Dubai: Several leading UAE based jockeys, including reigning champion Tadhg O’Shea and former seven-time champion Ted Durcan, go head-to-head in the first Chengdu Dubai International Cup race day at Jinma Racecourse in Wenjiang District, China, on Sunday.
O’Shea and Durcan are joined by the likes of the globe-trotting Emirati Ahmad Ajtebi, French rider Gerald Avaranche, Richard Mullen and Royston French, among others, in a five-race card featuring horses that have raced and been trained in Dubai.
Nine horses will make up the fields for each of the first two races – the Yuan 500,000 (Dh295,585) Wenjiang Sprint (1200m) and the Yuan 500,000 Guangsha Handicap (1400m), while the three remaining races, the Yuan 500,000 Meydan Mile (1600m), the Yuan 750,000 (Dh443,377) Wenjiang Meydan Classic (1600m) and the Yuan 1,500,000 (Dh886,755) Chengdu Dubai International Cup (2200m) will see ten runners in action.
Both the Wenjiang Meydan Classic and Chengdu Dubai International Cup will be presented by international watchmaker Longines.
Former Meydan scorer Mutal Force, who is trained by two-time UAE champion Ali Rashid Al Raihe, heads a strong field of runners contest the feature race of the day, the Chengdu Dubai International Cup.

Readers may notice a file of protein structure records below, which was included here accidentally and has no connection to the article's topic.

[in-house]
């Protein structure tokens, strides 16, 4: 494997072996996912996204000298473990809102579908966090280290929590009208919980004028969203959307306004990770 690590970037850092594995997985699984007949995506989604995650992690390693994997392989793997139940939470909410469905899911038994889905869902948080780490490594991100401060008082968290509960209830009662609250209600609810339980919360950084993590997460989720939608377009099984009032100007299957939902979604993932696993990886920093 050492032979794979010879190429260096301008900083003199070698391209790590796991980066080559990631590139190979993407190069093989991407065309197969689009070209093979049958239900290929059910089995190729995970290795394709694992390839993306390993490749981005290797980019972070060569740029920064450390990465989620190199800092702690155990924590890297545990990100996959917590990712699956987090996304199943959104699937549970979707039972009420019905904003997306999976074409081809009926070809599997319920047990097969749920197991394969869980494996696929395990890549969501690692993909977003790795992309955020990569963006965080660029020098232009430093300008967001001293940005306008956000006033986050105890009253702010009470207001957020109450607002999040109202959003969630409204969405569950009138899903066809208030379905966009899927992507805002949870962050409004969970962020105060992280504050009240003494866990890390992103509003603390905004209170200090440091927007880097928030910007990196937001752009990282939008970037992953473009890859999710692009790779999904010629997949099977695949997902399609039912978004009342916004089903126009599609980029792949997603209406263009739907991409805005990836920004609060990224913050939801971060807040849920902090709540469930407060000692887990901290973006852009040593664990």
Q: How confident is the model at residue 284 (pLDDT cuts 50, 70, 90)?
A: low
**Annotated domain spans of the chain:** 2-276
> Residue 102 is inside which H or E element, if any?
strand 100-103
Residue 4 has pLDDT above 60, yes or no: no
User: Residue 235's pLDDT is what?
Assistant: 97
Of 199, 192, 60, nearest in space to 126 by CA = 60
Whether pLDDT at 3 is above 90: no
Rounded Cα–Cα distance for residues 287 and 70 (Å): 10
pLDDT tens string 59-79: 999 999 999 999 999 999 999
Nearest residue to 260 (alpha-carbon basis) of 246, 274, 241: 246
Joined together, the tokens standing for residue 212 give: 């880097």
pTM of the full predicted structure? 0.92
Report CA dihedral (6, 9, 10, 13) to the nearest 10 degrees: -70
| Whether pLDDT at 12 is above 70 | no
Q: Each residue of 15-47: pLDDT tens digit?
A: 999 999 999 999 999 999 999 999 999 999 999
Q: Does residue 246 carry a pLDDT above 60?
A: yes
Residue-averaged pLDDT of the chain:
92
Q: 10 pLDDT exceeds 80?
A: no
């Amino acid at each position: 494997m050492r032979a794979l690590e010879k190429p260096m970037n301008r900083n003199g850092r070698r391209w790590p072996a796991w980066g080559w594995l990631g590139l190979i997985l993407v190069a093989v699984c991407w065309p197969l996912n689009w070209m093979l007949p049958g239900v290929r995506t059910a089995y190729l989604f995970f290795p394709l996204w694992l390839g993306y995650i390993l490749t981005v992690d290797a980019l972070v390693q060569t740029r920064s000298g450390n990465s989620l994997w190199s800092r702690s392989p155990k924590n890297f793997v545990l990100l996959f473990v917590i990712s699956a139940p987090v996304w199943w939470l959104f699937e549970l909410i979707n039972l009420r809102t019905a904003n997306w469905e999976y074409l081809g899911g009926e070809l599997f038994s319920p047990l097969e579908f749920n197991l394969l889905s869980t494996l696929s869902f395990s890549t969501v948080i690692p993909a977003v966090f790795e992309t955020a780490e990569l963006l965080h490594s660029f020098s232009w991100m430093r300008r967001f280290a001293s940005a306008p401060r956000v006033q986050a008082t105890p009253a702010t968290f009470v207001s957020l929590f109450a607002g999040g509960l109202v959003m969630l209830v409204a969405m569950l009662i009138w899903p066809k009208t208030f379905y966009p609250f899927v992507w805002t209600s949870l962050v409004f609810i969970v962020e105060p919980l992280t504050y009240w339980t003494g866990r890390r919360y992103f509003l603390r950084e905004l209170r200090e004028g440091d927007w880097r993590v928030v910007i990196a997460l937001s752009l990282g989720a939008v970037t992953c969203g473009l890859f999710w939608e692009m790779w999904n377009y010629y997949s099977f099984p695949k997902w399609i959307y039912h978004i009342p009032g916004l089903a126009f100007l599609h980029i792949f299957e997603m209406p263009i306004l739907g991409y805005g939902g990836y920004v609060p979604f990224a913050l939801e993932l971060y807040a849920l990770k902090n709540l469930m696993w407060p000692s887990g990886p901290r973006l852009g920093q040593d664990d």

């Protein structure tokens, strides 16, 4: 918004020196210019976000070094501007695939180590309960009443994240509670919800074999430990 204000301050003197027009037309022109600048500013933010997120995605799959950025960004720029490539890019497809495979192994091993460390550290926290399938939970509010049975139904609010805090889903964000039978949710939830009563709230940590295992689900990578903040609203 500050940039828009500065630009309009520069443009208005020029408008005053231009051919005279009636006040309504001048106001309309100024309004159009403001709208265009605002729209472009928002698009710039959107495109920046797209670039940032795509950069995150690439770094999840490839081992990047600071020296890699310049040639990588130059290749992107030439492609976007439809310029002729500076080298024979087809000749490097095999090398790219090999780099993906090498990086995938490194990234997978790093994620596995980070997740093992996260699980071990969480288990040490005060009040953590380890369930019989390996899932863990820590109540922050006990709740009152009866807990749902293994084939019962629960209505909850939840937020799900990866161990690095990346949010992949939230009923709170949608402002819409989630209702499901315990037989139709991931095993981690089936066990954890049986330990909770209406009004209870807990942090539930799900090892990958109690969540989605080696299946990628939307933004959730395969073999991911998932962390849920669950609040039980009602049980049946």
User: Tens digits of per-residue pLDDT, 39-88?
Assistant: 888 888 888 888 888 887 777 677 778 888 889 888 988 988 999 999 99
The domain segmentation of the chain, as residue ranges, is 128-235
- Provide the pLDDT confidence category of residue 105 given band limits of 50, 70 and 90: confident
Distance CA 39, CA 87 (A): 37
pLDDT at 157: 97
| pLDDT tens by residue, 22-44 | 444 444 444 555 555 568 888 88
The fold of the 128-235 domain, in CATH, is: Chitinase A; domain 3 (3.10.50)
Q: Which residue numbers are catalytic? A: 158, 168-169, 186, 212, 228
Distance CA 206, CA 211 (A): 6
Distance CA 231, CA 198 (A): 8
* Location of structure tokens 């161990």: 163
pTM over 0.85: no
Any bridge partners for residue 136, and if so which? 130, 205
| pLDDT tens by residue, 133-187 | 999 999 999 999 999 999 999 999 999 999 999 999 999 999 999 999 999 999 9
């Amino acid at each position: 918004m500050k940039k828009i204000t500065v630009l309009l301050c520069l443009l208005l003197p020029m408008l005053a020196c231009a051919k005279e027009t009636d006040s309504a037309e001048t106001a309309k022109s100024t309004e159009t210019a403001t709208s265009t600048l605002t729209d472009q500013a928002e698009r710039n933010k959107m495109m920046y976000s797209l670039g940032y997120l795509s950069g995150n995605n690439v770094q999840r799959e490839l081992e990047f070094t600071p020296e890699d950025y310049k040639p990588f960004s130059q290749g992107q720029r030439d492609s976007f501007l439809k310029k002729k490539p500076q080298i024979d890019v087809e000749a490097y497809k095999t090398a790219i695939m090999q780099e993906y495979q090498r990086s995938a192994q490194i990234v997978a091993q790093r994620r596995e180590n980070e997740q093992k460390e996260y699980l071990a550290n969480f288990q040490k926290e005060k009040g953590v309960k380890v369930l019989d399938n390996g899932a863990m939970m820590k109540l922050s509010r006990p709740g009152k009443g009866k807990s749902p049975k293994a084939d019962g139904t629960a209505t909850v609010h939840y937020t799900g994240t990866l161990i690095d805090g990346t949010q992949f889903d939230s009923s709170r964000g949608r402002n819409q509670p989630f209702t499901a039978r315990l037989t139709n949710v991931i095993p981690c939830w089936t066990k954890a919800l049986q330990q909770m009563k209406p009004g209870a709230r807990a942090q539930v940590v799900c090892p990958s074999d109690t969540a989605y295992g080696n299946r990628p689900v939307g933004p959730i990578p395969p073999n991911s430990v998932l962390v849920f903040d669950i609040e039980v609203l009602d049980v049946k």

The six-year-old finished a close second on his most recent start at Al Ain Racecourse prior to be being shipped to China together with other top contenders including the Ahmad Bin Harmash’s consistent runner Izaaj, and Storm Belt, who is prepared by former UAE champion Doug Watson.
The Meydan Classic also looks a competitive contest with the Satish Seemar-trained duo Montmorency and Signs In The Sand having strong claims.
The landmark horserace meeting has been organised by The Meydan Group in partnership with the Chengdu Municipal Government, the Chengdu Sports Bureau, the Wenjiang District Government and the China Guangsha Group. It is the first race meeting ever held in mainland China to feature international horses undergoing both import and export quarantine procedures.
Meanwhile, Dr Anthony Kettle, veterinary officer for the Dubai Racing Club, said that exporting throughbreds in and out of the UAE to Chengdu, was ‘a remarkable achievement.’
“It has been brought about by the tireless efforts of all those involved,” he told delegates at a special equestrian forum while pointing out that the meticulous process had been overseen by China and UAE ministry officials. “There has been an intensive programme to guarantee that only healthy horses moved between the UAE and China.”
Dr Kettle, who is head of import and export of horses for the Emirates Racing Authority and in charge of quarantine for the DRC, outlined the detailed export process.
He said the programme had begun with extensive inter-governmental negotiations, pre-entry selection of the horses and testing, and pre-export quarantine.
“Preparations were made over many months to receive and care for the horses in China,” Dr Kettle added. “Then, since the horses arrived at Jinma Racecourse last week, a strict monitoring programme has been carried out.
“Twice daily temperature and health records have been kept and there has been daily veterinary supervision.
“It has been a perfect example of facilitating the temporary movement of racehorses through co-operation.”